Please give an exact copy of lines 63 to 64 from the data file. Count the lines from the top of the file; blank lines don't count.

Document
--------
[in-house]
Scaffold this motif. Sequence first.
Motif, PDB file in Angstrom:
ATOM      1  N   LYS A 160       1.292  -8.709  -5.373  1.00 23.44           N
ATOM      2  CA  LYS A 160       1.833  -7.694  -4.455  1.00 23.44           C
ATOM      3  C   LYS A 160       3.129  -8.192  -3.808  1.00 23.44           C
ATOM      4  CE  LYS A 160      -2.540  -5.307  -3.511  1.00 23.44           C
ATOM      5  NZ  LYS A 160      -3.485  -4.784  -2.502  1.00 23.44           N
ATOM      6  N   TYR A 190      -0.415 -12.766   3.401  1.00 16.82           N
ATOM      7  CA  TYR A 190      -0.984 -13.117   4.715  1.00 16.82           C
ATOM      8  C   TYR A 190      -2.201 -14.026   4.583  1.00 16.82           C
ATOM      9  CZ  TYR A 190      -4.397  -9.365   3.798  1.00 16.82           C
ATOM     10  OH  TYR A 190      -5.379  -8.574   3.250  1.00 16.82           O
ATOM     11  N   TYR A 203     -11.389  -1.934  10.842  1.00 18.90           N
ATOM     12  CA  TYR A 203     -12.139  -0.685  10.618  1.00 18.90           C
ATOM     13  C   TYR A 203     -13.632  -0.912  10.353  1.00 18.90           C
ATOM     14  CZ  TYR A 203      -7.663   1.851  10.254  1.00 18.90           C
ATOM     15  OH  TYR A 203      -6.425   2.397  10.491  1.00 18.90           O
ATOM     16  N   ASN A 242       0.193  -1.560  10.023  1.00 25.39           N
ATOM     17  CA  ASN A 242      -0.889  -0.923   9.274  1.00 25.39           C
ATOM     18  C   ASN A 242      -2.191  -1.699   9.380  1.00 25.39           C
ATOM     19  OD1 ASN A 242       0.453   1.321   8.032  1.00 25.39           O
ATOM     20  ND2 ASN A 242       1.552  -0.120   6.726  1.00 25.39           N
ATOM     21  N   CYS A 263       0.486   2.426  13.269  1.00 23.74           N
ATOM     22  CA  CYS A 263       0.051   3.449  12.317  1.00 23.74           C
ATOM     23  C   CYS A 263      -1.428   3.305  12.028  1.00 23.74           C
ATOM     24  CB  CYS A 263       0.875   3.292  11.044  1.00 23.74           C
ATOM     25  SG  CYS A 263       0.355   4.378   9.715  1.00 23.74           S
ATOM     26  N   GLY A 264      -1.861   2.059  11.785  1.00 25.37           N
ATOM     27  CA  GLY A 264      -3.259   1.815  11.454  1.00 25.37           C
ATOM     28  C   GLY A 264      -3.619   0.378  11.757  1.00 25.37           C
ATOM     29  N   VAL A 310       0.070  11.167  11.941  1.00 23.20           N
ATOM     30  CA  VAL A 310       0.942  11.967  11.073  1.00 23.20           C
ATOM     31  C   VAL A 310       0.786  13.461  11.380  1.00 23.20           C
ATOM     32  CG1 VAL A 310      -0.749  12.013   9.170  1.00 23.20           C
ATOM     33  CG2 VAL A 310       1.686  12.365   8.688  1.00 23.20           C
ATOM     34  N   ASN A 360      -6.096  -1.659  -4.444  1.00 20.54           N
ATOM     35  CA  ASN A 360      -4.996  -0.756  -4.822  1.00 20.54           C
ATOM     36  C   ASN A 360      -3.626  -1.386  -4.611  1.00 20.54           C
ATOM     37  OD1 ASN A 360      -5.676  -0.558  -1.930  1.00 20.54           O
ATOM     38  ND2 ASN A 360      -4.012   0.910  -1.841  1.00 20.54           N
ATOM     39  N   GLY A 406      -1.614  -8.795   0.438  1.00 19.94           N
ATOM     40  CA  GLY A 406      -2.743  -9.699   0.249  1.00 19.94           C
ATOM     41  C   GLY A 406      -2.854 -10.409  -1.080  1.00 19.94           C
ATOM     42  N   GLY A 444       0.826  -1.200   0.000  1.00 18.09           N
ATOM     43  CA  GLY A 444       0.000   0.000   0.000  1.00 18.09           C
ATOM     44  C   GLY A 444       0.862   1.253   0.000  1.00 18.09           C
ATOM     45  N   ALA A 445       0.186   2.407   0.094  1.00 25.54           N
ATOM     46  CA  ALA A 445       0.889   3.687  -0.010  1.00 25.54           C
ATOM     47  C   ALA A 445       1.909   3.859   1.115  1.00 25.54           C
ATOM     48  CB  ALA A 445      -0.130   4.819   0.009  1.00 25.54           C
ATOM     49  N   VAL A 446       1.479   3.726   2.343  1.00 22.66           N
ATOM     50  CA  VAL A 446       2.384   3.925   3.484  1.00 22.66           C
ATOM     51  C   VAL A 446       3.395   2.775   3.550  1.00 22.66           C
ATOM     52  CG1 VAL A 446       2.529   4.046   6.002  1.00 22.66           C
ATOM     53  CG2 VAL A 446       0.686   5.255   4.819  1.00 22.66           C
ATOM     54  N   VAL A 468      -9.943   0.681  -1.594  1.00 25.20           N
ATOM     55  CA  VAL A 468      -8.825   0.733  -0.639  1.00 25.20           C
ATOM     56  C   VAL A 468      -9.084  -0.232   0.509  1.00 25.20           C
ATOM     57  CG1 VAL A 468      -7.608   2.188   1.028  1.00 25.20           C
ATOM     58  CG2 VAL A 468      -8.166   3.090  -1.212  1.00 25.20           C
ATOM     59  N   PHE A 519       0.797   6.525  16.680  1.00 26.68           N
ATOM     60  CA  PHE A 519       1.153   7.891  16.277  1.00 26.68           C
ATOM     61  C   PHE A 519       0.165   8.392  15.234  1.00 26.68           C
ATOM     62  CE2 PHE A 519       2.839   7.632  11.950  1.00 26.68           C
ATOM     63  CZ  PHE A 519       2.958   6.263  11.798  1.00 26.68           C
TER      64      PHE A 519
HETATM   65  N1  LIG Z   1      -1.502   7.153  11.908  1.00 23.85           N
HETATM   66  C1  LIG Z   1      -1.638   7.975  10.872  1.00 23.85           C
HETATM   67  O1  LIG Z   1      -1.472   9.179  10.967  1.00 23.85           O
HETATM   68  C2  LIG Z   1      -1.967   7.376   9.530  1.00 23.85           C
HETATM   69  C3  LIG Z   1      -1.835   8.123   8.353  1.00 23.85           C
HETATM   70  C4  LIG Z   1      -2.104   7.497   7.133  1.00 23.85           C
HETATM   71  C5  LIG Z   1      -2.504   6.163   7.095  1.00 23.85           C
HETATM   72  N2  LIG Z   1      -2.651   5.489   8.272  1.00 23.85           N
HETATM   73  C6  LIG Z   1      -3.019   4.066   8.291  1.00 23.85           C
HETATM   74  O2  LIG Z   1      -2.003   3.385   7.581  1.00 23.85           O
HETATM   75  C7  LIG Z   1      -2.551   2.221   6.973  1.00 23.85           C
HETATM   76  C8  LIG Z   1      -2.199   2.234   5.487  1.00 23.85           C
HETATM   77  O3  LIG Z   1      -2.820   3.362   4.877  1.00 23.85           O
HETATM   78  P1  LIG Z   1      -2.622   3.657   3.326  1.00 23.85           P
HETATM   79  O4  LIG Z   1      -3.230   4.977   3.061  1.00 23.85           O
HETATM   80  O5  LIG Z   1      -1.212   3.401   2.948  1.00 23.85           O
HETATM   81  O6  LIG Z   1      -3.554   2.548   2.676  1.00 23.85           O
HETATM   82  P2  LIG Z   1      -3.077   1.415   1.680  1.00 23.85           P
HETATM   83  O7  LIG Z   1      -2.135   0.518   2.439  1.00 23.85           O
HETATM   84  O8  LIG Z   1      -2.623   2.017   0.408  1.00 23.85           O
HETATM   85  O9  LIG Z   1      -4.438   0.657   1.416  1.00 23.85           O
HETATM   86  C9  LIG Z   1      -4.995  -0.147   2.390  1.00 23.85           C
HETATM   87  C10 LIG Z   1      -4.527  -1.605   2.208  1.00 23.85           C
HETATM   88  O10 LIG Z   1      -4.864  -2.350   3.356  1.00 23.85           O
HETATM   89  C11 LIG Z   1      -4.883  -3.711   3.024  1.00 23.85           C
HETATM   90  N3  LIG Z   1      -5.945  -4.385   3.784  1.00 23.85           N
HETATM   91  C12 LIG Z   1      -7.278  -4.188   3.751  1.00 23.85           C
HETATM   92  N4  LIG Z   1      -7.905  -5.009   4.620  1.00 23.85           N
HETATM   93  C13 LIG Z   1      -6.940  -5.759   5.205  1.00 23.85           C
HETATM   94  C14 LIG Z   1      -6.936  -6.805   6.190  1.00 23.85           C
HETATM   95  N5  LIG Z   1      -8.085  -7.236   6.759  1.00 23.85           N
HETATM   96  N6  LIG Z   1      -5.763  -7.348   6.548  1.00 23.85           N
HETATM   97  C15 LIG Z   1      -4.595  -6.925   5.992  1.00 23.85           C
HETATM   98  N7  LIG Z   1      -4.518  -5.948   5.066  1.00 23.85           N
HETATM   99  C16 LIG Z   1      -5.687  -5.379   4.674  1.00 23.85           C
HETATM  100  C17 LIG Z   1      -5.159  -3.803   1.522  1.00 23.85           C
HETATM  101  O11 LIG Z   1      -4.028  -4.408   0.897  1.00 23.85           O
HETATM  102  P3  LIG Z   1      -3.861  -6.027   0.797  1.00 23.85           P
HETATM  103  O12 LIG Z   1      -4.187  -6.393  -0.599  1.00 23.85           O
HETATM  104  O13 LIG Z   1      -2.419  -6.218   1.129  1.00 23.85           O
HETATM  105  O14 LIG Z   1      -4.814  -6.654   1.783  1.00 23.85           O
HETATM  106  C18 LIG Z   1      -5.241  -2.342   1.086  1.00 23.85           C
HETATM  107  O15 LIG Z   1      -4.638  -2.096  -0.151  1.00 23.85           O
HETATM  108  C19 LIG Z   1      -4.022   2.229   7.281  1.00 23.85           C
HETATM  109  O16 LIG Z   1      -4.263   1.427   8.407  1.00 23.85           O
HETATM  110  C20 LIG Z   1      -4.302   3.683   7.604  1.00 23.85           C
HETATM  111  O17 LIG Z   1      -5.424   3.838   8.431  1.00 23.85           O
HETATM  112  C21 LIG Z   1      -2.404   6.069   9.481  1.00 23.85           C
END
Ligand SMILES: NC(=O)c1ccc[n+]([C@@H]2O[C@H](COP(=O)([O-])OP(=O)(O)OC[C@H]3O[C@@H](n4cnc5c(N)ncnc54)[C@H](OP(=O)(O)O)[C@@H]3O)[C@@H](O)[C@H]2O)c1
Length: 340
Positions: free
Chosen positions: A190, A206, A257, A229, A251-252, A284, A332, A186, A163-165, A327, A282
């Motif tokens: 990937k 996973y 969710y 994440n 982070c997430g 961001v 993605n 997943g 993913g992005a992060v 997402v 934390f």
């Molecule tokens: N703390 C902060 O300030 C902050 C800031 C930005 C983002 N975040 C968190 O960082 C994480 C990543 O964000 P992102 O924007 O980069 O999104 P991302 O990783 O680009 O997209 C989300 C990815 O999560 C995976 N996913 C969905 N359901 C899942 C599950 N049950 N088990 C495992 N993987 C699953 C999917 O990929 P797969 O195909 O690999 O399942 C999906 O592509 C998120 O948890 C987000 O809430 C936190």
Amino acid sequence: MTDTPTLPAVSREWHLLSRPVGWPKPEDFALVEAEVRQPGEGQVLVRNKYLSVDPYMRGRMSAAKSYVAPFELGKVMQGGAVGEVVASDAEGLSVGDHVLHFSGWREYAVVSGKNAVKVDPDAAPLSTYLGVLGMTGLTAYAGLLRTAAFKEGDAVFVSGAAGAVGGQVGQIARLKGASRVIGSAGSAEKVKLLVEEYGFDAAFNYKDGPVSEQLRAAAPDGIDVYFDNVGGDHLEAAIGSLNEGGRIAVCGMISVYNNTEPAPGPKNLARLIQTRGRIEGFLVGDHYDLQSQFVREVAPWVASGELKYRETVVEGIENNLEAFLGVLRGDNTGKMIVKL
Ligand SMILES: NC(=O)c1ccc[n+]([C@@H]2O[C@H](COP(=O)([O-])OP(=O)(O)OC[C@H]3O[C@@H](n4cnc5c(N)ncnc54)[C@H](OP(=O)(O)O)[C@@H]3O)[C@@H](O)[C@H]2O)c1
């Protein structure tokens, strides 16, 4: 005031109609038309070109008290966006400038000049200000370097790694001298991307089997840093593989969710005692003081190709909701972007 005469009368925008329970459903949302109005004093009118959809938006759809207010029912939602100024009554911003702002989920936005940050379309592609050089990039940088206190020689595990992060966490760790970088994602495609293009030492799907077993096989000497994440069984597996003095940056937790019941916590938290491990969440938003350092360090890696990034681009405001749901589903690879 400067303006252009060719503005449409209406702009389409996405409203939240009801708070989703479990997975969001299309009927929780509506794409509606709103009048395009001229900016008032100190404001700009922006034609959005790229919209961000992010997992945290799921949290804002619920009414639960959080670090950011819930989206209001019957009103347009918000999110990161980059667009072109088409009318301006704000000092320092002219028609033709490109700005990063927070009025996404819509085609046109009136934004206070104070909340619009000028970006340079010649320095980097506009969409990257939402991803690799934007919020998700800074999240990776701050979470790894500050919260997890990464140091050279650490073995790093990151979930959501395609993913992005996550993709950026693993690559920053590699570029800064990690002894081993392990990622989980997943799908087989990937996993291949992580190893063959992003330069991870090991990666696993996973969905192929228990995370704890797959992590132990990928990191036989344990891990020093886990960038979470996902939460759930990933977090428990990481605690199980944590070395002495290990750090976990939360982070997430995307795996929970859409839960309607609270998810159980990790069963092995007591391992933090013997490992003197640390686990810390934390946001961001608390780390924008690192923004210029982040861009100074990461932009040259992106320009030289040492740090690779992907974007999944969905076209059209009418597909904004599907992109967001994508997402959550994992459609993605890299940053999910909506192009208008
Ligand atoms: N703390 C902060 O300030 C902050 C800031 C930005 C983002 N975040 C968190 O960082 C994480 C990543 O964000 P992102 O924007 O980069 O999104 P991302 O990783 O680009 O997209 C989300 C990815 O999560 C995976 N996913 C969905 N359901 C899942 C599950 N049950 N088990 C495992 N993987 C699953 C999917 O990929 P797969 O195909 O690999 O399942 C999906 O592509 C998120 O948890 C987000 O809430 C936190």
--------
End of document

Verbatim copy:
ATOM     60  CA  PHE A 519       1.153   7.891  16.277  1.00 26.68           C
ATOM     61  C   PHE A 519       0.165   8.392  15.234  1.00 26.68           C